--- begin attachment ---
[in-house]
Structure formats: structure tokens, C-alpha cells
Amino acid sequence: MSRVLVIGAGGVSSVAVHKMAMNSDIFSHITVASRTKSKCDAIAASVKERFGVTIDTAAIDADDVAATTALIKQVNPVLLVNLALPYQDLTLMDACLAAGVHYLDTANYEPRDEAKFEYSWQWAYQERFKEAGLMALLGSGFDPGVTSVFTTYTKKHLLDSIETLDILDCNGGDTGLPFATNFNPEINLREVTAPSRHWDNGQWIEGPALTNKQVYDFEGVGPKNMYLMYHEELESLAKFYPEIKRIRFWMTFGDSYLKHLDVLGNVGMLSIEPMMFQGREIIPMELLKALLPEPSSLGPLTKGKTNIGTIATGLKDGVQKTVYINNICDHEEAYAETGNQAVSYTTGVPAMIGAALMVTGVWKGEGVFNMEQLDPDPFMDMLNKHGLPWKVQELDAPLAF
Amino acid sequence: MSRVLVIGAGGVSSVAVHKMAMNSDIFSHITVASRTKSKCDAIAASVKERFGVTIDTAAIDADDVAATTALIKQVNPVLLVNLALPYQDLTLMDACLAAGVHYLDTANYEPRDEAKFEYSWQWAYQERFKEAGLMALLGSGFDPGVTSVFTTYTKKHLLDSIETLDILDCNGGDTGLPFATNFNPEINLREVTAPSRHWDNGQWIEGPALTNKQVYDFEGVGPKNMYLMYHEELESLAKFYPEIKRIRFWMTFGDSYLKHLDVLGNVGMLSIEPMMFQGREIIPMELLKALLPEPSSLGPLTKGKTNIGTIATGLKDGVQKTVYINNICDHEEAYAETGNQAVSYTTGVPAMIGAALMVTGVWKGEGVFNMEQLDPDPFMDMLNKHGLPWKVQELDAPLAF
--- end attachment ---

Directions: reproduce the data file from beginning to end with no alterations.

[in-house]
Structure formats: structure tokens, C-alpha cells
Amino acid sequence: MSRVLVIGAGGVSSVAVHKMAMNSDIFSHITVASRTKSKCDAIAASVKERFGVTIDTAAIDADDVAATTALIKQVNPVLLVNLALPYQDLTLMDACLAAGVHYLDTANYEPRDEAKFEYSWQWAYQERFKEAGLMALLGSGFDPGVTSVFTTYTKKHLLDSIETLDILDCNGGDTGLPFATNFNPEINLREVTAPSRHWDNGQWIEGPALTNKQVYDFEGVGPKNMYLMYHEELESLAKFYPEIKRIRFWMTFGDSYLKHLDVLGNVGMLSIEPMMFQGREIIPMELLKALLPEPSSLGPLTKGKTNIGTIATGLKDGVQKTVYINNICDHEEAYAETGNQAVSYTTGVPAMIGAALMVTGVWKGEGVFNMEQLDPDPFMDMLNKHGLPWKVQELDAPLAF
Amino acid sequence: MSRVLVIGAGGVSSVAVHKMAMNSDIFSHITVASRTKSKCDAIAASVKERFGVTIDTAAIDADDVAATTALIKQVNPVLLVNLALPYQDLTLMDACLAAGVHYLDTANYEPRDEAKFEYSWQWAYQERFKEAGLMALLGSGFDPGVTSVFTTYTKKHLLDSIETLDILDCNGGDTGLPFATNFNPEINLREVTAPSRHWDNGQWIEGPALTNKQVYDFEGVGPKNMYLMYHEELESLAKFYPEIKRIRFWMTFGDSYLKHLDVLGNVGMLSIEPMMFQGREIIPMELLKALLPEPSSLGPLTKGKTNIGTIATGLKDGVQKTVYINNICDHEEAYAETGNQAVSYTTGVPAMIGAALMVTGVWKGEGVFNMEQLDPDPFMDMLNKHGLPWKVQELDAPLAF